A frequent pattern in Japanese is the closely related transitive and intransitive verb pair. These will use the same kanji, and usually the same reading for the kanji, but slightly different okurigana. It’s easy to confuse the one for the other if you study randomly, but by studying pairs together, you can learn two verbs in no more time than it takes to learn one.
Let’s look at a couple examples. How about:
Here, 集まる is the intransitive form and 集める is the transitive. Both have the meaning of gathering or collecting. So you might say, for example, ”虫集まる” – “The insects gather” – or ”彼は虫を集める” – “He collects insects”. You can see the only difference is the next-to-last syllable, which moves from the あ row for intransitive to the え row for transitive. Several of these pairs work the same way; another such is 決まる（きまる）- to be decided – and 決める（きめる）- to decide something. But there are lots of different ways in which the pairs can vary and that is just one of the more common forms.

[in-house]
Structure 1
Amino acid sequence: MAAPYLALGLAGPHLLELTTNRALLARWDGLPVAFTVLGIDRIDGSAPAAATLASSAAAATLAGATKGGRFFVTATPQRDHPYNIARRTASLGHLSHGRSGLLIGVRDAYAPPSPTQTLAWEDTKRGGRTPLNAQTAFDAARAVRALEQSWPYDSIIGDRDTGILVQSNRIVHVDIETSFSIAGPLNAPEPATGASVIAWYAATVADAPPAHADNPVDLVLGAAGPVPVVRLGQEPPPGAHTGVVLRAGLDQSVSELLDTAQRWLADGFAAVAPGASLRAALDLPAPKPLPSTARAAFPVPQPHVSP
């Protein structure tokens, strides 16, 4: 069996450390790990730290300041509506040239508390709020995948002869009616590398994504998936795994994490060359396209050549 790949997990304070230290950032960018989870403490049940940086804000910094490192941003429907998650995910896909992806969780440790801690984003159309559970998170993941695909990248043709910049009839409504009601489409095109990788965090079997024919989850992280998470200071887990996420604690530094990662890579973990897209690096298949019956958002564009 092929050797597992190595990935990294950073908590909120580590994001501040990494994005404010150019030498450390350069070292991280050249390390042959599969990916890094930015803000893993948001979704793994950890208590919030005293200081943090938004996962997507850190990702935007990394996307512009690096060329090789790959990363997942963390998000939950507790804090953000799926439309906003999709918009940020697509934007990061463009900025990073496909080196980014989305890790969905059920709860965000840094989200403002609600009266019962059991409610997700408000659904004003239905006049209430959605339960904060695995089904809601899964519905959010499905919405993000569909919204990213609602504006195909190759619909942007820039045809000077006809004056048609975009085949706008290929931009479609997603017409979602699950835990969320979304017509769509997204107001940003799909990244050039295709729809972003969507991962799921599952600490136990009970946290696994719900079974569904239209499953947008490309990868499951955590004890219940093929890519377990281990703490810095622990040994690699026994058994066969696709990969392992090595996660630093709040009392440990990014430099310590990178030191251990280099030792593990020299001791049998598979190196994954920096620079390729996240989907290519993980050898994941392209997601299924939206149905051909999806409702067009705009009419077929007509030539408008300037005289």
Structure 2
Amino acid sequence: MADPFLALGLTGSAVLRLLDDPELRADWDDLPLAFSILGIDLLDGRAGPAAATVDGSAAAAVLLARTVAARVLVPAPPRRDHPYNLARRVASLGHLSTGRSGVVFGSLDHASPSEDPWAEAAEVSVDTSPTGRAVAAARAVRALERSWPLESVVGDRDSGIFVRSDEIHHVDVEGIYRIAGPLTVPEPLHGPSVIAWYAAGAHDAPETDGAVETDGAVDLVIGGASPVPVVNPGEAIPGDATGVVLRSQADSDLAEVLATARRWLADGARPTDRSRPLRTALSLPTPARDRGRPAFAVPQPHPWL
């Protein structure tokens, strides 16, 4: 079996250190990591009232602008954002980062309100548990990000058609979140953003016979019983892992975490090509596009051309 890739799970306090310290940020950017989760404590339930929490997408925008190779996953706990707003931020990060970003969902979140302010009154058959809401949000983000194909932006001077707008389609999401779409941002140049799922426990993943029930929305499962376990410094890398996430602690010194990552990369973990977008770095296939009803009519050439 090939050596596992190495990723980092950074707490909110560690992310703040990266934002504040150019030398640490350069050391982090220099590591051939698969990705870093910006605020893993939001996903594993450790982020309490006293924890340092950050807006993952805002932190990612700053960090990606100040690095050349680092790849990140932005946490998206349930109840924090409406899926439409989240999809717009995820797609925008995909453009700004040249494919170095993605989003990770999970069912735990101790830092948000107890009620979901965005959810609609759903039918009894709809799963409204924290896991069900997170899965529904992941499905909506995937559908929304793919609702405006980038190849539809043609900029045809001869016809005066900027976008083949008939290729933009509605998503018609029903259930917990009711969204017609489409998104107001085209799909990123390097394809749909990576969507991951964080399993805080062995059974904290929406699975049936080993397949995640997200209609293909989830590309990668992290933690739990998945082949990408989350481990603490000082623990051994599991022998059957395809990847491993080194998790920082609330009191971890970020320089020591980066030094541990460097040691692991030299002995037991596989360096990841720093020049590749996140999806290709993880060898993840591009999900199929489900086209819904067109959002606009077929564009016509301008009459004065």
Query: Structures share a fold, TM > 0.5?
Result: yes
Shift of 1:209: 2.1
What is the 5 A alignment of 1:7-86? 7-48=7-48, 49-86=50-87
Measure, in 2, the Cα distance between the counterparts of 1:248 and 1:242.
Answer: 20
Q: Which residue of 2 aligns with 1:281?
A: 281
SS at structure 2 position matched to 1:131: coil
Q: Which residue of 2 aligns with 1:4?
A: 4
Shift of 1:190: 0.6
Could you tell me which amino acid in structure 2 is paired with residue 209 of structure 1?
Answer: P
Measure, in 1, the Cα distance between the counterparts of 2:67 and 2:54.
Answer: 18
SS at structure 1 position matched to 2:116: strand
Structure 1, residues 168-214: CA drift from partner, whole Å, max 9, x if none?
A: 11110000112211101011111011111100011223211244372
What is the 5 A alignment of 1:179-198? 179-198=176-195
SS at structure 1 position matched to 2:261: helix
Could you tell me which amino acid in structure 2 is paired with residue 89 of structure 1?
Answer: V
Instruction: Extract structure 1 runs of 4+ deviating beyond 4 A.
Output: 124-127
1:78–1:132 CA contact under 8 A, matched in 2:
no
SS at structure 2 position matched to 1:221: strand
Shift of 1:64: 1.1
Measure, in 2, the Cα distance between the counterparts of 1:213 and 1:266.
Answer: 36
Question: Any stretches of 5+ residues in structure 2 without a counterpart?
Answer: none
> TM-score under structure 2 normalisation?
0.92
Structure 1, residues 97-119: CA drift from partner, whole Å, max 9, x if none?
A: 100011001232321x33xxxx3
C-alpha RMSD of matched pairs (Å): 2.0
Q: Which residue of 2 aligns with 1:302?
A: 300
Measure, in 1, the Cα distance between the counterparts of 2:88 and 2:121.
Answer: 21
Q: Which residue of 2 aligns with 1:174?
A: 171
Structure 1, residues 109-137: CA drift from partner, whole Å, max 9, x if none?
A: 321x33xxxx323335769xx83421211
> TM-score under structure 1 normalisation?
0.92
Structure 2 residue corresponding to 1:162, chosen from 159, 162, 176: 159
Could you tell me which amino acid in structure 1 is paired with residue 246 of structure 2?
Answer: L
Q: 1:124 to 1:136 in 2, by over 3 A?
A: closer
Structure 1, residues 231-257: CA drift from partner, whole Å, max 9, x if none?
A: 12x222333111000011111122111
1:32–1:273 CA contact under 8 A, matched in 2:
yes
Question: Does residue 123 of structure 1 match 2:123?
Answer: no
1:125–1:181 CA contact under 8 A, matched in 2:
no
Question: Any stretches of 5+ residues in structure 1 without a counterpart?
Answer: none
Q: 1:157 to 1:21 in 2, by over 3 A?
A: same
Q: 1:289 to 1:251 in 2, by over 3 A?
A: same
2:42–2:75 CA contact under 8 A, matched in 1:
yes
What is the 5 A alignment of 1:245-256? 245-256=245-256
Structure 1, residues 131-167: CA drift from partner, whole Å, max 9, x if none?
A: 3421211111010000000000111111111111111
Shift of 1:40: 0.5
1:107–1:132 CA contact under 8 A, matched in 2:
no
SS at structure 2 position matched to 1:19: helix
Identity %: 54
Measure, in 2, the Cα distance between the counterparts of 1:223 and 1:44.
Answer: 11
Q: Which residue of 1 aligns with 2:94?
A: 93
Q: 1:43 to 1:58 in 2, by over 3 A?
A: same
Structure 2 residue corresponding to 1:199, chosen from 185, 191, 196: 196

Koichi from Tofugu has put together a good basic list of such pairs on smart.fm, and that’s a great way to get started. This interesting linguistic phenomenon can either really confuse you or make your learning more efficient, so you might as well use it to advantage!